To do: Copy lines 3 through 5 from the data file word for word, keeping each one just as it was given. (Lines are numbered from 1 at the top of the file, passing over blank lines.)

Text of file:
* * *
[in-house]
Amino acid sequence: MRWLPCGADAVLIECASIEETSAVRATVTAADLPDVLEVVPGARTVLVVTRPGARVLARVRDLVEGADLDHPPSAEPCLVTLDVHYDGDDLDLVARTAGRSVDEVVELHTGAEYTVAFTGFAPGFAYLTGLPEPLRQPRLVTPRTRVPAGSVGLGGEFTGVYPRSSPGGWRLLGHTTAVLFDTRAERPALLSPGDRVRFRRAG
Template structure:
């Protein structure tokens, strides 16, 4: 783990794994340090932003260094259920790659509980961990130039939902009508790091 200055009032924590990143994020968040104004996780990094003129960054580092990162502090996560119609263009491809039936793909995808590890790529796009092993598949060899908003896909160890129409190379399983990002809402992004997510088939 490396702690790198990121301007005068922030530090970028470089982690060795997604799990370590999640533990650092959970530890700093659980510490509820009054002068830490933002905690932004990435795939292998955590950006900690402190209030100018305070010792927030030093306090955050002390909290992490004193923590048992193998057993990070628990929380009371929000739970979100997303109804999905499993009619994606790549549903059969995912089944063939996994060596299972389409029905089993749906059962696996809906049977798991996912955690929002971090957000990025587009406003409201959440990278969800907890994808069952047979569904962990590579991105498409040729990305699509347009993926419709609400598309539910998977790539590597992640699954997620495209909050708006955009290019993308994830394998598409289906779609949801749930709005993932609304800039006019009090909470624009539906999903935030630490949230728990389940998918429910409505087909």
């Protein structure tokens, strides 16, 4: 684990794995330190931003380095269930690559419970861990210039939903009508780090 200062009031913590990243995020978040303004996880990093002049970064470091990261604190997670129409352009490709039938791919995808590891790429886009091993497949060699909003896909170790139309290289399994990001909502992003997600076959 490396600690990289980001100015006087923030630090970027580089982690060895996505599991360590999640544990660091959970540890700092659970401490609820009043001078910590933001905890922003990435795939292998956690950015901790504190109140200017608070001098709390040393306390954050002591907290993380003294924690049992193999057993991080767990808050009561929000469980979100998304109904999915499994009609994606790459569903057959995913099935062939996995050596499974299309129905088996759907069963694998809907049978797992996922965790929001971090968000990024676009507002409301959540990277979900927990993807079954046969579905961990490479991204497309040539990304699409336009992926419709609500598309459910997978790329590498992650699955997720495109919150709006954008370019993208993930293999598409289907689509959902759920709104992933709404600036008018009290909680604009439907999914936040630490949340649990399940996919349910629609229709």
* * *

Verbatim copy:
Template structure:
């Protein structure tokens, strides 16, 4: 783990794994340090932003260094259920790659509980961990130039939902009508790091 200055009032924590990143994020968040104004996780990094003129960054580092990162502090996560119609263009491809039936793909995808590890790529796009092993598949060899908003896909160890129409190379399983990002809402992004997510088939 490396702690790198990121301007005068922030530090970028470089982690060795997604799990370590999640533990650092959970530890700093659980510490509820009054002068830490933002905690932004990435795939292998955590950006900690402190209030100018305070010792927030030093306090955050002390909290992490004193923590048992193998057993990070628990929380009371929000739970979100997303109804999905499993009619994606790549549903059969995912089944063939996994060596299972389409029905089993749906059962696996809906049977798991996912955690929002971090957000990025587009406003409201959440990278969800907890994808069952047979569904962990590579991105498409040729990305699509347009993926419709609400598309539910998977790539590597992640699954997620495209909050708006955009290019993308994830394998598409289906779609949801749930709005993932609304800039006019009090909470624009539906999903935030630490949230728990389940998918429910409505087909």
């Protein structure tokens, strides 16, 4: 684990794995330190931003380095269930690559419970861990210039939903009508780090 200062009031913590990243995020978040303004996880990093002049970064470091990261604190997670129409352009490709039938791919995808590891790429886009091993497949060699909003896909170790139309290289399994990001909502992003997600076959 490396600690990289980001100015006087923030630090970027580089982690060895996505599991360590999640544990660091959970540890700092659970401490609820009043001078910590933001905890922003990435795939292998956690950015901790504190109140200017608070001098709390040393306390954050002591907290993380003294924690049992193999057993991080767990808050009561929000469980979100998304109904999915499994009609994606790459569903057959995913099935062939996995050596499974299309129905088996759907069963694998809907049978797992996922965790929001971090968000990024676009507002409301959540990277979900927990993807079954046969579905961990490479991204497309040539990304699409336009992926419709609500598309459910997978790329590498992650699955997720495109919150709006954008370019993208993930293999598409289907689509959902759920709104992933709404600036008018009290909680604009439907999914936040630490949340649990399940996919349910629609229709």